31 May is recognised by WHO as World No Tobacco Day. This year focus is on “tobacco and lung health.”
Starting off at young age, accessibility to tobacco products is an important environmental factor that influences smoking initiation by adolescents. In numerous surveys conducted since the late 1980s, youth often self-reported that their most common source of cigarettes was purchase from retail stores.
Low price makes it easily accessible. The smoking behaviour among young adults (20 through 25 years old) was more sensitive to price changes than that among older persons and that male smokers, particularly those aged 20 through 35 years, were quite responsive to price, whereas female smokers were essentially unaffected by price. Also, the smoking behaviour among women, was found to be virtually unaffected by restrictions on cigarette smoking. Family conflict influences tobacco use indirectly and that the mechanism among girls and boys is similar. The reasons might be innumerable but what needs to be addressed is how to Stop Smoking for Your Lung Health.
To successfully stop smoking, one needs to address the addiction as well as the routine that goes along with it. No matter how many times you have failed, with the right support and quit plan, any smoker can kick the addiction, says Dr Vikas Maurya, additional director and unit head, Department of Pulmonology and Sleep Disorder, Fortis Hospital Shalimar Bagh.
What can I do to Quit Smoking?
- Remove all reminders and triggers of smoking.
- Try to work out ways to change things up and disrupt your urge to smoke.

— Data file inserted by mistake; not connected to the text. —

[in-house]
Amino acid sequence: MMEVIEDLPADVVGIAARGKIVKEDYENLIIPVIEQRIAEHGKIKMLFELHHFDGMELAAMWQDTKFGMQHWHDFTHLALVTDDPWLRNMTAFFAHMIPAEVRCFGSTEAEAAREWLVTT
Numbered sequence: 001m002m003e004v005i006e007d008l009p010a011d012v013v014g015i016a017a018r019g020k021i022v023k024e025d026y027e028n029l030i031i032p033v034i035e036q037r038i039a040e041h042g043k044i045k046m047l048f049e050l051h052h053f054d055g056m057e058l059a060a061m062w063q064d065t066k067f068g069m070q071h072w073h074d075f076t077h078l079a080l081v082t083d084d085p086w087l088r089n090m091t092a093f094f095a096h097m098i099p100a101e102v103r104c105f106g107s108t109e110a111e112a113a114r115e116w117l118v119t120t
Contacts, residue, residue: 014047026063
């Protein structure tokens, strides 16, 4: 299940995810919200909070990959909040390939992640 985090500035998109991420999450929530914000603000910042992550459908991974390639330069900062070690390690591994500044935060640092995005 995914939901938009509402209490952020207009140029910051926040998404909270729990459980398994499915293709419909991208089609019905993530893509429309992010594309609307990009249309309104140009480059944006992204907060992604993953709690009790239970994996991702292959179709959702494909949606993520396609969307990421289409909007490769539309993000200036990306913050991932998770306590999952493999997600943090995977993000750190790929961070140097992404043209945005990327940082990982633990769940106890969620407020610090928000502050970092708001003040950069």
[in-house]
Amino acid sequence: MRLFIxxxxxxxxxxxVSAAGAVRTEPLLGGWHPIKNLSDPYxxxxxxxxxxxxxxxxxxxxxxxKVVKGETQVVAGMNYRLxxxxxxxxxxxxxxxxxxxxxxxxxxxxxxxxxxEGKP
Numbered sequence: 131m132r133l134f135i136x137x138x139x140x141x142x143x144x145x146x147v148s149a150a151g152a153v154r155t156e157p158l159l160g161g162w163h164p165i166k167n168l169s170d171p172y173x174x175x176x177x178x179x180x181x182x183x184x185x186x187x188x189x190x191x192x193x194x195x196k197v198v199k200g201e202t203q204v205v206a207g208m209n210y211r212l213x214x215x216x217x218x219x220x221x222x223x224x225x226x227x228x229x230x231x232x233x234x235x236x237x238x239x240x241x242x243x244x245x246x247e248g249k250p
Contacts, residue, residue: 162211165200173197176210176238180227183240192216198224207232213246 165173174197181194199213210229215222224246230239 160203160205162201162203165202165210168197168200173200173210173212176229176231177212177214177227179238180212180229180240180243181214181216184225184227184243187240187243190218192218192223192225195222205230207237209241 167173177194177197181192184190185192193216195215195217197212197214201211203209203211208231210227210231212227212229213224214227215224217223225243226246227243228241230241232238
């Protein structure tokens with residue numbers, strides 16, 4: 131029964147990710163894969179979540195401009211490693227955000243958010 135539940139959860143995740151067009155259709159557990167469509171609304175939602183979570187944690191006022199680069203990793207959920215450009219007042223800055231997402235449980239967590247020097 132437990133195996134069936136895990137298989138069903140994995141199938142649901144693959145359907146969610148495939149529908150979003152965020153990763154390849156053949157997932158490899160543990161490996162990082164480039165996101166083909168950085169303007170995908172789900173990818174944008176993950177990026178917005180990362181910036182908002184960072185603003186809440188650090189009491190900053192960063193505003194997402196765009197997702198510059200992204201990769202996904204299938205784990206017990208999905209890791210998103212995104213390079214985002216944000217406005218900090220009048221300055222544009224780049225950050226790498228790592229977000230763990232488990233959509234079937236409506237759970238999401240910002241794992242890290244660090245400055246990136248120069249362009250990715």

- Easy said than done, swap your first cigarette for a glass of water. This will change your routine and help you stay hydrated.
- If driving to work is one of your smoking triggers, try taking a different route and turn up the radio and sing along. It’s not easy to smoke while you sing, and great tunes can improve your mood as well.
- Look for a quit buddy who wants to stop smoking as well. You can help each other get through the rough times.
- Prepare ahead for common challenges, such as nicotine withdrawal and cigarette cravings. Your doctor can prescribe medication to help with withdrawal symptoms. You can also get many products over the counter at your local pharmacy, including nicotine patches, lozenges, and gum.
To successfully stop smoking, you’ll need to address both the addiction and the habits and routines that go along with it. But it can be done. With the right support and quit plan, any smoker can kick the addiction—even if you’ve tried and failed multiple times before.